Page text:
Skip to main content
ARS Home » Southeast Area » Stuttgart, Arkansas » Dale Bumpers National Rice Research Center » Research » Publications at this Location » Publication #175628


item Rutger, J
item Beaty, Bryan
item Bryant, Rolfe

Submitted to: Crop Science
Publication Type: Peer Reviewed Journal
Publication Acceptance Date: 12/30/2003
Publication Date: 7/1/2004
Citation: Rutger, J.N., Beaty, B., Bryant, R.J. 2004. Registration of four early flowering indica mutants of rice. Crop Science 44:1498.

Interpretive Summary: This paper reports the development of four early flowering mutants of indica rice, with agronomic and grain quality factors suitable for U.S. production. This is a breakthrough, since indicas which often are higher yielding and more disease resistant than japonicas, have not been suitable for U.S. production.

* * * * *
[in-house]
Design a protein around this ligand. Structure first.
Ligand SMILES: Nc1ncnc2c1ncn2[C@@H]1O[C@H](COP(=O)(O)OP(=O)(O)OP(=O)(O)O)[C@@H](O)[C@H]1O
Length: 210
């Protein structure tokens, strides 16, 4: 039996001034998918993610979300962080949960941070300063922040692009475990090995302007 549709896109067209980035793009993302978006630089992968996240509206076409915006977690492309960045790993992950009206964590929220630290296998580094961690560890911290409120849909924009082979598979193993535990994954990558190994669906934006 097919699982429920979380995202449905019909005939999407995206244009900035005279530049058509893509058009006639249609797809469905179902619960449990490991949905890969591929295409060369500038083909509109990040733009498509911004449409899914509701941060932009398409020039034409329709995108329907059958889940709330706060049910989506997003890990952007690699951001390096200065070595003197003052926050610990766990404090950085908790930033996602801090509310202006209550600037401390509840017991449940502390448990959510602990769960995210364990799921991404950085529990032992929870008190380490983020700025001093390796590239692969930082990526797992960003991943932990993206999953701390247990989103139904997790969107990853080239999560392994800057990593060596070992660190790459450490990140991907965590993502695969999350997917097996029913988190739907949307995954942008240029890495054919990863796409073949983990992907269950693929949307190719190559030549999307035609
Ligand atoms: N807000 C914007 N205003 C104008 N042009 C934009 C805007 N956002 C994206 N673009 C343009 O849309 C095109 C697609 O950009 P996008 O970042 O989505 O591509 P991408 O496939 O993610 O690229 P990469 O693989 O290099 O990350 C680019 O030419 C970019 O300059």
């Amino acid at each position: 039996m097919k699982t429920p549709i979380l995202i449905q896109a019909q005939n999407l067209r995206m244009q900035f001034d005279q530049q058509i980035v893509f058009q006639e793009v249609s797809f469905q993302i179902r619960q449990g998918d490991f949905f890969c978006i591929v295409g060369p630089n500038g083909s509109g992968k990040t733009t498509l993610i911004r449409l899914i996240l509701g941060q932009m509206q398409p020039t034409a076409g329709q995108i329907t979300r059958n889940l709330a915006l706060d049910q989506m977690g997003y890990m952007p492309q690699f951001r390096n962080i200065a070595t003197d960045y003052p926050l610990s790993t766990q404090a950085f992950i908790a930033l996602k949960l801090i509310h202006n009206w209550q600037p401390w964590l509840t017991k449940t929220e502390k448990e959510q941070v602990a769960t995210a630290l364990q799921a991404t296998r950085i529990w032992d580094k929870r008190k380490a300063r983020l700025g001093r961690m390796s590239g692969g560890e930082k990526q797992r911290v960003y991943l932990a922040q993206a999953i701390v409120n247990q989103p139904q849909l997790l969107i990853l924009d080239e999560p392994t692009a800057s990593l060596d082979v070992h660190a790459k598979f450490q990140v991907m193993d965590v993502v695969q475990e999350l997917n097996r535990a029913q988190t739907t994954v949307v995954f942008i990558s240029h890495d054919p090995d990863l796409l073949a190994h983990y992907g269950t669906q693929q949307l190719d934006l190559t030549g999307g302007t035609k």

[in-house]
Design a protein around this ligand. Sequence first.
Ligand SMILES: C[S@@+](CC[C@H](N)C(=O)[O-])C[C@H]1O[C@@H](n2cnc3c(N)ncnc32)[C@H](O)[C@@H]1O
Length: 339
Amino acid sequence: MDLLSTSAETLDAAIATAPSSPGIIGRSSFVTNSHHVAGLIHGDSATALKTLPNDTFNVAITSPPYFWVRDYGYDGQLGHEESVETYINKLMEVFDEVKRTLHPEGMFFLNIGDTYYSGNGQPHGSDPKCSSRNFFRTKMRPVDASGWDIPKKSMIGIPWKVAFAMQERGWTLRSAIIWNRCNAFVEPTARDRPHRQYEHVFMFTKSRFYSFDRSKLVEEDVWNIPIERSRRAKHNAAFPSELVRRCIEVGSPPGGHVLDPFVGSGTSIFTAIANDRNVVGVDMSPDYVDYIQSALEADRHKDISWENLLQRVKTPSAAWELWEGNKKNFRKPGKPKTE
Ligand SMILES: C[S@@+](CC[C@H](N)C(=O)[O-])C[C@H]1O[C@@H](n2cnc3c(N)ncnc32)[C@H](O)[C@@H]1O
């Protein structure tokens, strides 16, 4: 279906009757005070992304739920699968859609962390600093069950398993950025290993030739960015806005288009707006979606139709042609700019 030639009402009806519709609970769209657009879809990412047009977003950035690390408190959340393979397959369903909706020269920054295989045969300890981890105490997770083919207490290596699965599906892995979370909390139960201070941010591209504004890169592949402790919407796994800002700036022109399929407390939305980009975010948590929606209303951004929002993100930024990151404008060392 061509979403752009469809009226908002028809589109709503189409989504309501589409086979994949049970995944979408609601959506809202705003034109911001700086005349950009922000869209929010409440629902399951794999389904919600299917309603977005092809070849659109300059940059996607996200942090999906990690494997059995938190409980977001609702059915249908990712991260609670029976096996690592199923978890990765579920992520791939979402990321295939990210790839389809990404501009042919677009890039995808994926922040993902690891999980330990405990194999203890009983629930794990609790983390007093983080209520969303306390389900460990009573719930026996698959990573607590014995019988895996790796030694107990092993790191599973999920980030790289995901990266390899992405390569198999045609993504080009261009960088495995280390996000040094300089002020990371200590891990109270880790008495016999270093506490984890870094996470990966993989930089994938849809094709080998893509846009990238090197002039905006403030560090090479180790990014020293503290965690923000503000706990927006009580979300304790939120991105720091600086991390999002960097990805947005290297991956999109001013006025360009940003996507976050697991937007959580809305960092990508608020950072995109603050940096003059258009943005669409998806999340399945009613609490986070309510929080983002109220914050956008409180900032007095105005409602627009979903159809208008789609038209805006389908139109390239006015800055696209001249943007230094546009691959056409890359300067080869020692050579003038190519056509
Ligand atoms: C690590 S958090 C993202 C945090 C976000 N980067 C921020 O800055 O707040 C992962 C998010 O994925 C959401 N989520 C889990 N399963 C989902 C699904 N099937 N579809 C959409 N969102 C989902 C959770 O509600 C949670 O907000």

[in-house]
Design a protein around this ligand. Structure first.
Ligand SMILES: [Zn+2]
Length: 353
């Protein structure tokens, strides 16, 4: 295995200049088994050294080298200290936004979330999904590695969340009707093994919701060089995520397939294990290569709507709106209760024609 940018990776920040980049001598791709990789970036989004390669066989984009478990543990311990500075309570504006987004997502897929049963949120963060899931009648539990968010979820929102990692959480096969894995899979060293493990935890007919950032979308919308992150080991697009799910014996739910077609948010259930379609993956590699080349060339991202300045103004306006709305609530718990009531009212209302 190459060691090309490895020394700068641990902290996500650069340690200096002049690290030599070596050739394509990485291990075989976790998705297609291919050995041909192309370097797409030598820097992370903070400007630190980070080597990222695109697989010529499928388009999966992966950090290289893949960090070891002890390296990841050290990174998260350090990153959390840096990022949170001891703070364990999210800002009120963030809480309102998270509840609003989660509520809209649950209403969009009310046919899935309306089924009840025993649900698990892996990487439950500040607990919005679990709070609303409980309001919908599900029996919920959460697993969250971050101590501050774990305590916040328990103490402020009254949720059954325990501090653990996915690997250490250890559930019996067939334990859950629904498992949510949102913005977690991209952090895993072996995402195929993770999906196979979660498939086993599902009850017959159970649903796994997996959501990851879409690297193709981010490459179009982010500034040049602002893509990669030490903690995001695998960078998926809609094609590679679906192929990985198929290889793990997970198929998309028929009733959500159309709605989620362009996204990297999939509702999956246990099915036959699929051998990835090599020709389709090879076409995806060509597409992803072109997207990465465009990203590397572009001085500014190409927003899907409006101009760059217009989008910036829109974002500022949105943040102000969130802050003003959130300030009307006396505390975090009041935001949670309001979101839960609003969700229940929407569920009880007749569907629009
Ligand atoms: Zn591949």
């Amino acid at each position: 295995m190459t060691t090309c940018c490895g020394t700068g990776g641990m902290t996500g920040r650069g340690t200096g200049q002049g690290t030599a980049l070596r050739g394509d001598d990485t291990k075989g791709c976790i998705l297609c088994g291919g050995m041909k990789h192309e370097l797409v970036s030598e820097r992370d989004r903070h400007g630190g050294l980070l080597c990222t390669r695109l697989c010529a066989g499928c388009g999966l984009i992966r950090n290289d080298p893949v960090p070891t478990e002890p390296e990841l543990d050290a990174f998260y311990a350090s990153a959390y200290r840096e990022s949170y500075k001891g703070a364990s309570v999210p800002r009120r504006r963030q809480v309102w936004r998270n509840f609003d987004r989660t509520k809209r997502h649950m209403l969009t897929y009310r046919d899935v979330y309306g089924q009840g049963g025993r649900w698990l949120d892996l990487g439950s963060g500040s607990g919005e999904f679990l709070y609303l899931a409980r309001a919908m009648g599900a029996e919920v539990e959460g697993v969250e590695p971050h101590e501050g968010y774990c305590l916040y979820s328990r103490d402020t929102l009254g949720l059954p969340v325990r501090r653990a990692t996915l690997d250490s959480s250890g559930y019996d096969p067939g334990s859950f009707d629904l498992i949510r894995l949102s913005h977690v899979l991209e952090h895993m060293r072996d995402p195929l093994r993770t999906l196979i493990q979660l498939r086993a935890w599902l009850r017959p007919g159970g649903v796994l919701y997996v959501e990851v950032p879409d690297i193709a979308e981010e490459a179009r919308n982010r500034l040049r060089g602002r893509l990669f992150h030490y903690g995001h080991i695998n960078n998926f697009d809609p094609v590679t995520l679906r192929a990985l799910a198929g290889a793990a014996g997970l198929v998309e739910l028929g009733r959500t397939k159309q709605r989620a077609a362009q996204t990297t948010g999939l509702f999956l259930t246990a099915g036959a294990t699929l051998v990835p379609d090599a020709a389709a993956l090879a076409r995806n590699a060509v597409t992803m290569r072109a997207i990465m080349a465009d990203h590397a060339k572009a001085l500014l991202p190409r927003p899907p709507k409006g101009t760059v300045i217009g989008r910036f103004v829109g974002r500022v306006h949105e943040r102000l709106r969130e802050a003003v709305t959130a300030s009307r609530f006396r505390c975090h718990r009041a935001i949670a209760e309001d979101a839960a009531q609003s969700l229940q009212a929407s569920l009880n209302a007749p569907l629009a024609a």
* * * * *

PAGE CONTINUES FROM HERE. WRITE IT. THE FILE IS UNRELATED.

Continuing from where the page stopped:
Technical Abstract: These four lines are induced early flowering mutants from two International Rice Research Institute (IRRI) germplasm lines which approach U.S. grain quality standards. The IRRI lines themselves are too late in maturity for U.S. conditions, so the present early flowering mutants were induced. The four mutants are a continuation of a base broadening effort to develop indica germplasm suitable for U.S. rice, in which indica-1 to indica-9 were previously developed by recombining very early maturity of an indica cultivar from China with intermediate amylose content of late maturing experimentals from IRRI (Rutger et al., 2005). In the U.S., very narrow genetic bases, essentially all japonicas, have evolved because of need for adaptation to temperate climate and to specific grain quality requirements. Thus long grain cultivars in the U.S. are tropical japonicas which have such specific grain quality requirements that infusions of germplasm from indica sources usually have been limited to individual characters such as semidwarfing and disease resistance, followed by backcrossing to the japonica parent to recover satisfactory grain quality. The present four indica mutants, and their respective late maturing indica parents, have grain shape and amylose contents similar to U.S. long grain japonica cultivars. The mutants are 16 to 29 days earlier than their indica parents, but are only 10 to 14 days later than a prominent japonica check cultivar. They provide useful sources of indica diversity for U.S. rice improvement programs.